The reasoning of the Court in that case is made clear by its decision in Richmond Screw Anchor Co. v. United States, 275 U.S. 331, 48 S.Ct. 194, 72 L.Ed. 303 (1928), relied on by the Court in Waite. In Richmond, the assignee of a patent brought suit against the United States for infringement. A statute (section 3477 of Rev. Stats.) had been construed by the Court to forbid suits by an assignee for an unliquidated claim against the Government that had arisen prior to the assignment. A 1918 amendment to section 68 of Title 35 (U.S.C.) limited the holder of a patent to suits against the Government for patent infringement and relieved a contractor manufacturing the patented article for the Government of all liability. But for this later statute, plaintiff, as assignee of the patents, could have sued the contractor. If section 3477 were held applicable and the assignments thereby rendered void, the effect of the section 68 amendment would have been to deprive the assignee of his claims against both the Government and against the contractor. The Court held that section 3477 did not apply to the assignment of claims against the United States which were created by section 68.


In so holding, the Court found that the statute took from a private person his lawful claim against another private person. This result, without a corresponding assumption of liability by the United States, would have given rise to a serious question of constitutionality under the Fifth Amendment. To avoid the constitutional problem, the Court construed section 68 as providing for an assumption of liability by the Government. Congress "intended to secure to the owner of the patent the exact equivalent of what it was taking away from him." 275 U.S. 345. The Government became an "indemnitor for its manufacturer or contractor." The wording of section 68, providing for "reasonable and entire compensation" was found to buttress this interpretation.


Section 68 was also before the Court in Waite and the reasoning of Richmond compelled the award of interest on the claim against the Government. If the owner of the patent could have sued the contractor, he would have been entitled to interest. Since the Government completely assumed the liability of the contractor, it assumed the liability to pay interest.


In addition to the reasoning of the Richmond case, the Court had recognized that the unauthorized use of a patent by the Government was not tortious but that such use was a taking made lawful by section 68 which provided the procedure whereby the owner was to be compensated. Crozier v. Fried. Krupp, 224 U.S. 290, 32 S.Ct. 488, 56 L.Ed. 771 (1912); Irving Air Chute Co. v. United States, 93 F.Supp. 633 (Ct.Cl.1950). Thus, no matter how viewed, the section 68 (now 28 U.S.C. § 1498) patent infringement cases are eminent domain cases and fall within the exception to the general rule discussed above.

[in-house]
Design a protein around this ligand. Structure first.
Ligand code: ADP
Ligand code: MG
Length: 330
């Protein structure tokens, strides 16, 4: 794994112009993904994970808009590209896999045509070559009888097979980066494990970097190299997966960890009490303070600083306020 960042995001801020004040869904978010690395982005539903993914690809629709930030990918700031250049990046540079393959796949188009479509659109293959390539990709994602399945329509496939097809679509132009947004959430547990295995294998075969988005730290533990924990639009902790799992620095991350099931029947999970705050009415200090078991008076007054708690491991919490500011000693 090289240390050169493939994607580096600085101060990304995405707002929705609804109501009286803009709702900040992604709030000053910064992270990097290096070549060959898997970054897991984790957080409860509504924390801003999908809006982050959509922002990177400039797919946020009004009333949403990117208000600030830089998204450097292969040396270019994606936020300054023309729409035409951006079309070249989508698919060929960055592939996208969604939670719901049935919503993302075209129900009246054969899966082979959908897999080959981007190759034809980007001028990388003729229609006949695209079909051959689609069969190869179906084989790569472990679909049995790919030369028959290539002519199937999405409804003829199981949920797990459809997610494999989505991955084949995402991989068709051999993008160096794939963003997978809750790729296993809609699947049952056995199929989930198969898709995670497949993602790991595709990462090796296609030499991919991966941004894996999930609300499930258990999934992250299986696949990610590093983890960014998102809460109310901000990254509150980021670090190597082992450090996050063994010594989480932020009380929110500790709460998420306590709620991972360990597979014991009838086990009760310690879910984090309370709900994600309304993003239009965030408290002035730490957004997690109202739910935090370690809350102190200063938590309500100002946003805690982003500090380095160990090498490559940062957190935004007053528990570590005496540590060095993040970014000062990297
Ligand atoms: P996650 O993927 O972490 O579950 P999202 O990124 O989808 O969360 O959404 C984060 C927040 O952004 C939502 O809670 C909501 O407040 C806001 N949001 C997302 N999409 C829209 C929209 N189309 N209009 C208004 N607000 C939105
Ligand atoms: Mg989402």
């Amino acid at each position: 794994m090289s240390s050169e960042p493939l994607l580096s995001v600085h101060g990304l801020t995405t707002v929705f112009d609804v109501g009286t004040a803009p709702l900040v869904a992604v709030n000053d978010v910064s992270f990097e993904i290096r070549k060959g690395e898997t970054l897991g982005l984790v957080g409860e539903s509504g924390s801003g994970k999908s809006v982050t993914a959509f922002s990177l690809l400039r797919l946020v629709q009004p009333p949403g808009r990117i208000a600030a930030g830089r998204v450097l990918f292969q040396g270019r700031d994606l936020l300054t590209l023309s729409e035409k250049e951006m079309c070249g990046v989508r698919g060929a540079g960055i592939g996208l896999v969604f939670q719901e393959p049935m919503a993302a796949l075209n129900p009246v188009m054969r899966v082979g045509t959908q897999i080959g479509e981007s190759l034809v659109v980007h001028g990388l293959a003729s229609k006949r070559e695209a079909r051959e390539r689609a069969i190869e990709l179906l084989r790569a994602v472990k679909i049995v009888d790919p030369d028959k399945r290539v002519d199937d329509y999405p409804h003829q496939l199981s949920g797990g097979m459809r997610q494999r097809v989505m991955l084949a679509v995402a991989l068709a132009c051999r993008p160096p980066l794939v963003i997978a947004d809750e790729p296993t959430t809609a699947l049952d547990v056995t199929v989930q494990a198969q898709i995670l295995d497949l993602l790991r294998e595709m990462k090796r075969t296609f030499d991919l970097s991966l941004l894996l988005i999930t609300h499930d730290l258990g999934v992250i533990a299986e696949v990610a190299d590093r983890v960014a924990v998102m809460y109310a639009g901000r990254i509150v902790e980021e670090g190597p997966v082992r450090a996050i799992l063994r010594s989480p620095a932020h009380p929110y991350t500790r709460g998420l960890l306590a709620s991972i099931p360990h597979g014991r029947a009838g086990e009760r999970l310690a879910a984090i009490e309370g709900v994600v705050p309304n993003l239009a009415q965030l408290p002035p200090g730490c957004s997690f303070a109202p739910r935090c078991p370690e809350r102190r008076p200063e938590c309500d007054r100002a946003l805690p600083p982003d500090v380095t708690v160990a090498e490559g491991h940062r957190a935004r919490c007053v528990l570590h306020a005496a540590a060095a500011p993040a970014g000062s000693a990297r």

The present action is not based on a taking in the eminent domain sense. The District Court specifically held that "this is not a patent suit for infringement. * * * The claims here asserted are for compensation for use and disclosure." 175 F.Supp. at 233. The findings of the district court make clear that Farrand consented to Eastman Kodak's production of the sight. There was no exercise of the sovereign power of the United States to appropriate the Tripp invention, but rather an agreed upon use from which an implied promise to pay arose. United States v. Bethlehem Steel Co., 258 U.S. 321, 42 S.Ct. 334, 66 L.Ed. 639 (1922). "Plaintiff's claim here is for payment of just compensation for lawful use, not for compensation for unauthorized use, as for a tort." 175 F. Supp. at 247. In this situation, as where the Government expressly agrees to pay a fixed royalty rate, no interest can be assessed on the recovery. The fact that the Government had the power, if no agreement were reached, to exercise its power of eminent domain to take the invention does not convert the arrangement into a Fifth Amendment taking. United States v. North Amer. Trading Co., supra. If it did, of course, the Government would be liable for interest on a great number of contract claims. The rule is precisely the opposite. See discussion in United States v. North Amer. Trading Co., supra.


Although the District Court said that the additional 2½% computed yearly from the dates of purchases was for "delay in payment" and "not as interest but as a part of the entire just compensation," the result is tantamount to interest. Just compensation is achieved by applying the trial court's percentage ratio to the purchase prices. There is no provision in the statute for making "just" compensation more just by adding thereto an exact amount either as a bonus, as interest, or for delay in payment. This item must, therefore, be deleted from any award.


In its appeal plaintiff argues that it is entitled to compensation at a royalty rate of five percent and claims error in the district court's failure to award such compensation. The royalty rates used in other cases cited by plaintiff were based upon the facts of those specific cases. They are not controlling here.


We find no error in the rate of royalty allowed by the trial judge.


Judgment modified and case remanded for proceedings not inconsistent with this opinion.


WATERMAN, Circuit Judge (concurring).


I concur, but with the reservation I expressed in my dissent, reported at 317 F.2d 885 at 886, that the issues the panel here presumes to decide should have been determined by the court sitting in banc and should not have been adjudicated by this panel.